October 21:  The Environment

 

Readings:          1.  "The Environment," by Shaw & Barry, pp. 543-62

 

                        2.  Case11.4, The Fordasaurus, p. 569

 

Paper Topic:   Assume that XYZ corporation is emitting a pollutant into the air that, by itself, does absolutely no harm to anyone, but, together with all the other corporations emitting the same pollutant, will cause a certain number of deaths from lung cancer.  The government is unwilling to pass any regulations prohibiting this sort of pollution, even though urged by XYZ to do so.  If XYZ were to stop polluting, it would be in no danger of going out of business, but its profits would decrease substantially (and could not, even in the “long run,” be recovered through good public relations or any other way!), none of the other corporations would follow its lead, and thus just as many people would end up dying.  Does XYZ nevertheless have a moral obligation to (unilaterally) stop polluting?

 

FIRST TEST WILL BE GIVEN TOWARD END OF CLASS

 

 

October28:  Preferential Treatment, and Sexual Harassment

 

Readings:   1     "Job Discrimination," by Shaw & Barry, pp.429-47

 

       2.  "Homosexuality, Prejudice, and Discrimination,” by Richard D. Mohr, pp. 471-78        

 

Paper Topic:  Affirmative action in the form of “preferential treatment” is defined  as giving qualified members of extensively discriminated-against groups--in particular, women, blacks, and Hispanics--priority for positions over even better qualified white males.  Present as strong a case as you can either for or against preferential treatment.

 

 

November 4:  Job Discrimination

 

Readings   1.    The Workplace (1): Basic Issues,” by Shaw & Barry, pp. 260-73 (up to “Wages” only)

 

      2,   Case  7.5, The Mommy Track, pp. 337-8

 

      3.   Case 6.2, Aids in the Workplace,  p. 284-85

 

      4.  Case 4.1, The Downsizing of America, pp. 165-6

 

 

Paper Topic:   Assume that Felice N. Schwartz is correct in saying that "the cost of employing [married, fertile] women in management is greater than the cost of employing men" (for the reasons specified in Case 7.5).  Assume also no legal considerations.  In promotion and hiring decisions, is it therefore morally permissible for an employer to take into account that one of two otherwise equally qualified candidates for a management position is a married, fertile women, and thus give the position to the man instead?  By “equally qualified” what is meant is that, considering all things (aside only from the difference in cost referred to above), even considering the advantages woman are sometimes said to have over men in the workplace such a better interpersonal skills, the two are, overall, still equally qualified.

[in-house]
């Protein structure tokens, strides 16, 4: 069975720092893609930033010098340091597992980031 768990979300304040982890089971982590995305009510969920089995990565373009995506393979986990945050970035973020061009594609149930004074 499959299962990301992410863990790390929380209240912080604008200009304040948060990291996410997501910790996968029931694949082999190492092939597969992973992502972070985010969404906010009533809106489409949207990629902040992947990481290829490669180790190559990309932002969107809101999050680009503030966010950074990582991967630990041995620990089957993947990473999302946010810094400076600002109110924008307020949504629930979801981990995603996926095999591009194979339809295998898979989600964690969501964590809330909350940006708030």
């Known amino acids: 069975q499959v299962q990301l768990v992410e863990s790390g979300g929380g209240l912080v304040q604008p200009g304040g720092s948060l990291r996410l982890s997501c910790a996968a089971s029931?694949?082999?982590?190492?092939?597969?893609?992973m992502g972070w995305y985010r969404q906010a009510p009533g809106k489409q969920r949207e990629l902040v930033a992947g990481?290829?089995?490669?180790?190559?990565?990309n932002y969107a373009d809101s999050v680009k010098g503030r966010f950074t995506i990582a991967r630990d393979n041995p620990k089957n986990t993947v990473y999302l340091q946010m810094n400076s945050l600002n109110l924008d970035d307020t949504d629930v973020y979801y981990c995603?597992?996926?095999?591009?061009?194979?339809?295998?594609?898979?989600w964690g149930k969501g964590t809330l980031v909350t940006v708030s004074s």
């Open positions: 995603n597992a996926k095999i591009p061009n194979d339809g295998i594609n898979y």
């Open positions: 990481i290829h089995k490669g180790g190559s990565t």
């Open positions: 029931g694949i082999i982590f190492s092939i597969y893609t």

November 11:  Employee Rights

 

Readings:  1.  The Workplace (2):  Today’s challenges” by Shaw & Barry, pp. 308-28 

 

                              2.  Case 7.4, Protecting the Unborn at Work, pp. 334-36

    

      3.   "Drug Testing in Employment," by Joseph  DesJardins and Ronald Duska, pp. 341-46

 

      4.  Case 6.5, Old Smoke, p. 289

 

      5.     Case 7.1, Unprofessional Conduct, pp. 329-30    

 

           

            Paper Topics:  (either one of the following two)  

 

   a.      Exposure to the lead particles referred to in Case 7.4 does no harm to a woman herself, but permanently damages her reproductive system so that if, at any time in the future, she has a child, it will likely be born with brain damage.  Since this damage cannot, in any way, be avoided, Johnson Controls had a policy that excluded women from any jobs that exposed them to these particles, unless they could prove that they could not become pregnant.  The Supreme Court overruled this policy on the grounds that it discriminated against women, since the evidence indicated that these particles can damage the male reproductive system as well.  Assume, however, that these particles cannot damage the male reproductive system and that, furthermore, Johnson Controls can, effectively, avoid any legal liability in this matter.  On the basis of these assumptions, argue for either one of the following three propositions: (1) the policy of excluding women from these jobs is morally wrong (although Johnson Controls must, of course warn them of any danger); (2) the policy of excluding women from these jobs is morally permissible, but not obligatory; (3) the policy is morally obligatory.

 

               b       Argue either for or against drug testing in the workplace

 

 

November 18:  Employee Obligations

 

            Readings: 1.    Moral Choices Facing Employees." by Shaw &  Barry, pp. 363-70 and 375-

                                   81 only.

    

     2   “What Is Really Unethical About Insider Trading  by Jennifer Moore, pp. 401-408